Our data suggest that CXCR7 most likely played a role in cell cycle progression in the MCF7-LTED cell line. This was confirmed by the significant reduction in expression of cell cycle proteins cyclin D1, CDK4 and phosphorylated Rb in MCF7-LTED cells, but not in wt-MCF7 cells, in response CXCR7 depletion. Consistent with our data, in recent studies of metastatic prostate cancer cell lines, researchers found that siCXCR7 caused multiple antitumour effects, including a decrease in proliferation and cell cycle arrest in the G1 phase, as well as expression of proteins involved in G1/S phase progression .
As the MCF7-LTED cells are dependent on ER-mediated transcription for proliferation ,, we hypothesised that CXCR7, via its interaction with the signal transduction kinases, could lead to ligand-independent activation of ER. For instance, previous studies have shown that CXCL12/CXCR4 can lead to activation of downstream signalling pathways implicated in the development of resistance to endocrine therapy, such as mitogen-activated protein kinase family members as well as PI3K/Akt cascades ,.
siCXCR7 significantly reduced ER-mediated transactivation as measured by an ERE luciferase-linked reporter construct in MCF7-LTED cells, but not in wt-MCF7 cells, in the absence of E2. However, no decrease in expression of kinases associated with ligand-independent or ligand-dependent ER phosphorylation, such p38, pERK1/2, pAKT, pJNK or pCDK7 , was evident in response to CXCR7 depletion. Furthermore, the main phosphorylation sites on ER, serine 118 and serine 167, also were not significantly altered.
ER-mediated transcription is also dependent on the recruitment of nuclear coactivators, which are similarly controlled by phosphorylation . One of the major coactivators associated with endocrine resistance is PELP1/MNAR . Previous studies have shown that CDK4-mediated phosphorylation of PELP1 is critical for its oncogenic function and its association with ER . We hypothesised that CXCR7, via crosstalk with PELP1, was leading to enhanced ER-mediated transcription in the absence of E2 in the MCF7-LTED cell line. As expected, siCXCR7 decreased the association between ER and PELP1 in MCF7-LTED cells and was associated with a concomitant decrease in expression of the endogenous E2-regulated gene TFF1. Of interest, BCL2 is also a classically ER-ERE-mediated gene. We previously noted that mRNA levels were suppressed by siCXCR7, providing further support for this mechanism.
By using an in vitro model of endocrine resistance, we have provided evidence of novel crosstalk between ER and CXCR7 that leads to ligand-independent, ER-mediated transactivation via the ER coactivator PELP1. Furthermore, the therapeutic potential of directly targeting this unique crosstalk was highlighted by the antiproliferative effect of the CXCR7 antagonist CCX733. CXCR7 expression associates clinically with poor overall survival in patients with ER+ BC. Overall, these data indicate that CXCR7 may be both a potential biomarker and a therapeutic target in endocrine-resistant BC that warrants further clinical investigation.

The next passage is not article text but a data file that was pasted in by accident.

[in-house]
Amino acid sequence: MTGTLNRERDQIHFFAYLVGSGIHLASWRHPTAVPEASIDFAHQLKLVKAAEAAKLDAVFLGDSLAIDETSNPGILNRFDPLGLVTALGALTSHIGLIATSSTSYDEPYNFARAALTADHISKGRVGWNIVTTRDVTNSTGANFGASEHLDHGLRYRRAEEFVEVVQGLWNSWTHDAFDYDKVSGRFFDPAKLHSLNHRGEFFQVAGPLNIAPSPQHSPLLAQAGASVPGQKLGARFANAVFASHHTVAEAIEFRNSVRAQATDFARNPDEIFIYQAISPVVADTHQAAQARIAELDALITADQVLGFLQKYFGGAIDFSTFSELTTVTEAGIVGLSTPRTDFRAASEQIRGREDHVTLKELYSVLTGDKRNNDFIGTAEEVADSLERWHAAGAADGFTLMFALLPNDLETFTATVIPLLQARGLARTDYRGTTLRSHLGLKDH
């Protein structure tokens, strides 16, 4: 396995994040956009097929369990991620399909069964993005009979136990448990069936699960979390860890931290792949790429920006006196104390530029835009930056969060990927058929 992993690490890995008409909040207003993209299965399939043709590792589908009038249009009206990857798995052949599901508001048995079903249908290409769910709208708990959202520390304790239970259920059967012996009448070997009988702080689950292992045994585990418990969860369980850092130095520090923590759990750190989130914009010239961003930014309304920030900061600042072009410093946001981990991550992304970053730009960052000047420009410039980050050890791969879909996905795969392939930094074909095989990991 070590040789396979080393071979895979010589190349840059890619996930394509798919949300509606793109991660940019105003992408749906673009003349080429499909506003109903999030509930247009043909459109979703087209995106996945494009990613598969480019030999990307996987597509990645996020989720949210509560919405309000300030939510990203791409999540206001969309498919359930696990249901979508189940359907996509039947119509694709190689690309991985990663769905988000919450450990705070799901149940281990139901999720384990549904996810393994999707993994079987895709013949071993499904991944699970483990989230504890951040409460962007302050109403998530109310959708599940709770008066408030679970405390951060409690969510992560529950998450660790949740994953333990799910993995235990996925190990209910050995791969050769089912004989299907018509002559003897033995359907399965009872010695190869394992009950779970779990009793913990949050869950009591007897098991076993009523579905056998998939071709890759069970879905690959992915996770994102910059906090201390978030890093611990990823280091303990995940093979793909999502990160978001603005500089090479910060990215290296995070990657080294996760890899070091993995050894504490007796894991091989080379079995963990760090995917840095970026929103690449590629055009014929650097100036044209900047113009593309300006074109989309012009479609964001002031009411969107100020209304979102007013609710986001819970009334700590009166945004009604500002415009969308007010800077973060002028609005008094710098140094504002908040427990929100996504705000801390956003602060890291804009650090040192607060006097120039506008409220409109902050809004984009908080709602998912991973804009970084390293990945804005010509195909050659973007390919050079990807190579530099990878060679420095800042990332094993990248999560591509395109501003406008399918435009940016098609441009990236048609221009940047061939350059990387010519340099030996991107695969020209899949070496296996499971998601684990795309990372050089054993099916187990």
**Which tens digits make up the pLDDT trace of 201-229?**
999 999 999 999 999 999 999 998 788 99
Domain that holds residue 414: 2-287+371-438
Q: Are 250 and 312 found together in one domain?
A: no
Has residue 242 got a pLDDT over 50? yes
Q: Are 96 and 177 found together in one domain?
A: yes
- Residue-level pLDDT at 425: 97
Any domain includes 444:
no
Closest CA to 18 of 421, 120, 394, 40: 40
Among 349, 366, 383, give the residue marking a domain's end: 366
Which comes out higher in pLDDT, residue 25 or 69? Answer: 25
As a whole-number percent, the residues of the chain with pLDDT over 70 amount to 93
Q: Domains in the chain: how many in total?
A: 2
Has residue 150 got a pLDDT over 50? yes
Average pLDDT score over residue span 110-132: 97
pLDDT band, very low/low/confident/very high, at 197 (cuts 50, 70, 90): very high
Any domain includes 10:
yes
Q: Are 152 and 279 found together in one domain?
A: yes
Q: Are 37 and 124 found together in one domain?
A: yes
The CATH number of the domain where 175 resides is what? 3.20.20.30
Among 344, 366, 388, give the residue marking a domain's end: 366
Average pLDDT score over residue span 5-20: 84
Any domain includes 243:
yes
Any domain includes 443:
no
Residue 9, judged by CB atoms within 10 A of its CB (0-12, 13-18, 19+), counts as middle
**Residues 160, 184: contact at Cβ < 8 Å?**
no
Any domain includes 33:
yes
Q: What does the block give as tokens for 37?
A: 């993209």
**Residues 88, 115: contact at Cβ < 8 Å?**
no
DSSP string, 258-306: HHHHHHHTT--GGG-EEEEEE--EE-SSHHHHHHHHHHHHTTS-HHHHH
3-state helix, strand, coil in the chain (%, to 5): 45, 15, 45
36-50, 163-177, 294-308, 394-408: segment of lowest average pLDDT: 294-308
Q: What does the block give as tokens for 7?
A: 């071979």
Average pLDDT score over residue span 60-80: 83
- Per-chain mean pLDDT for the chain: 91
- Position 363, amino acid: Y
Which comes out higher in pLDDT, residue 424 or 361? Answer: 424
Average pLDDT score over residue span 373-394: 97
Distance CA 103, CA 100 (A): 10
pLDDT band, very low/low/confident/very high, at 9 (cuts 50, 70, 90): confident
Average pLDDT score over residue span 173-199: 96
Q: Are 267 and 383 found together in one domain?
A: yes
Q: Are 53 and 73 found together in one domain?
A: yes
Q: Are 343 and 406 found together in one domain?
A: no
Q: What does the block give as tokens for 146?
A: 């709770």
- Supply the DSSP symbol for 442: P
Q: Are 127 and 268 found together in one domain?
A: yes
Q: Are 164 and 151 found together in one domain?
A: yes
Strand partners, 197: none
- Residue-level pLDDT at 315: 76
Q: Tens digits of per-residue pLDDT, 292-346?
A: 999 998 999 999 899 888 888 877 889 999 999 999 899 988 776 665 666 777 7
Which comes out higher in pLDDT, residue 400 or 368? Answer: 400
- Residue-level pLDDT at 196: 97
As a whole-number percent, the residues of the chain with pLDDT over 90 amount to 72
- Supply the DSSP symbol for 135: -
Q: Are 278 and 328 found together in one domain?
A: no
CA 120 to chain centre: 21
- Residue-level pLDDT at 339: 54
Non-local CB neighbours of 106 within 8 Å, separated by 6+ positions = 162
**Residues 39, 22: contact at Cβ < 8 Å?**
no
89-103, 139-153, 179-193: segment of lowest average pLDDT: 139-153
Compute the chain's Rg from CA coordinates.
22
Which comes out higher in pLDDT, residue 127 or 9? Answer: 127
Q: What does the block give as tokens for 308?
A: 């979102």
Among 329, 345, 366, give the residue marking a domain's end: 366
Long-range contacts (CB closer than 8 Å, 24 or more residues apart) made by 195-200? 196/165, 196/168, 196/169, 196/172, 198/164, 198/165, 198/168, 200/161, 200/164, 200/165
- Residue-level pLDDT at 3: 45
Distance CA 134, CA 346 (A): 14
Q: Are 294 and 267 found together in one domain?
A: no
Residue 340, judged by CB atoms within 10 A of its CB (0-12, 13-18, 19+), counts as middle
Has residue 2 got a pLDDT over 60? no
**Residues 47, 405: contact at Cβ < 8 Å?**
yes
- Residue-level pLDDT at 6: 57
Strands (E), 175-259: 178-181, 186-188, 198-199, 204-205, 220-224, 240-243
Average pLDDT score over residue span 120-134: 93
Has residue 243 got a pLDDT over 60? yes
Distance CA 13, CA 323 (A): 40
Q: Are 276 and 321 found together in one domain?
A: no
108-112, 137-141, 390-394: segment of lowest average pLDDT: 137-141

LAM, MD and RR conceived and designed study. RR, SP, AR performed experiments; ZG, QG analysed microarray data sets; AD generated clinical samples; LAM and RR interpreted data and wrote the manuscript. All authors agreed to be accountable for all aspects of the work and ensuring accuracy and integrity and approved the final version of this manuscript.
C-X-C chemokine receptor
Long-term oestrogen deprivation
Masamura S, Santner SJ, Heitjan DF, Santen RJ: Estrogen deprivation causes estradiol hypersensitivity in human breast cancer cells. J Clin Endocrinol Metab. 1995, 80: 2918-2925.
Coutts AS, Murphy LC: Elevated mitogen-activated protein kinase activity in estrogen-nonresponsive human breast cancer cells. Cancer Res. 1998, 58: 4071-4074.
Santen R, Jeng MH, Wang JP, Song R, Masamura S, McPherson R, Santner S, Yue W, Shim WS: Adaptive hypersensitivity to estradiol: potential mechanism for secondary hormonal responses in breast cancer patients. J Steroid Biochem Mol Biol. 2001, 79: 115-125. 10.1016/S0960-0760(01)00151-0.
Chan CM, Martin LA, Johnston SR, Ali S, Dowsett M: Molecular changes associated with the acquisition of oestrogen hypersensitivity in MCF-7 breast cancer cells on long-term oestrogen deprivation. J Steroid Biochem Mol Biol. 2002, 81: 333-341. 10.1016/S0960-0760(02)00074-2.
Martin LA, Farmer I, Johnston SRD, Ali S, Marshall C, Dowsett M: Enhanced estrogen receptor (ER) α, ERBB2, and MAPK signal transduction pathways operate during the adaptation of MCF-7 cells to long term estrogen deprivation. J Biol Chem. 2003, 278: 30458-30468. 10.1074/jbc.M305226200.
Sabnis GJ, Jelovac D, Long B, Brodie A: The role of growth factor receptor pathways in human breast cancer cells adapted to long-term estrogen deprivation. Cancer Res. 2005, 65: 3903-3910. 10.1158/0008-5472.CAN-04-4092.
Masri S, Phung S, Wang X, Wu X, Yuan YC, Wagman L, Chen S: Genome-wide analysis of aromatase inhibitor-resistant, tamoxifen-resistant, and long-term estrogen-deprived cells reveals a role for estrogen receptor. Cancer Res. 2008, 68: 4910-4918. 10.1158/0008-5472.CAN-08-0303.
Martin LA, Ghazoui Z, Weigel MT, Pancholi S, Dunbier A, Johnston S, Dowsett M: An in vitro model showing adaptation to long-term oestrogen deprivation highlights the clinical potential for targeting kinase pathways in combination with aromatase inhibition. Steroids. 2011, 76: 772-776. 10.1016/j.steroids.2011.02.035.
Ellis MJ, Tao Y, Young O, White S, Proia AD, Murray J, Renshaw L, Faratian D, Thomas J, Dowsett M, Krause A, Evans DB, Miller WR, Dixon JM: Estrogen-independent proliferation is present in estrogen-receptor HER2-positive primary breast cancer after neoadjuvant letrozole. J Clin Oncol. 2006, 24: 3019-3025. 10.1200/JCO.2005.04.3034.
Duda DG, Kozin SV, Kirkpatrick ND, Xu L, Fukumura D, Jain RK: CXCL12 (SDF1α)-CXCR4/CXCR7 pathway inhibition: an emerging sensitizer for anticancer therapies?. Clin Cancer Res. 2011, 17: 2074-2080. 10.1158/1078-0432.CCR-10-2636.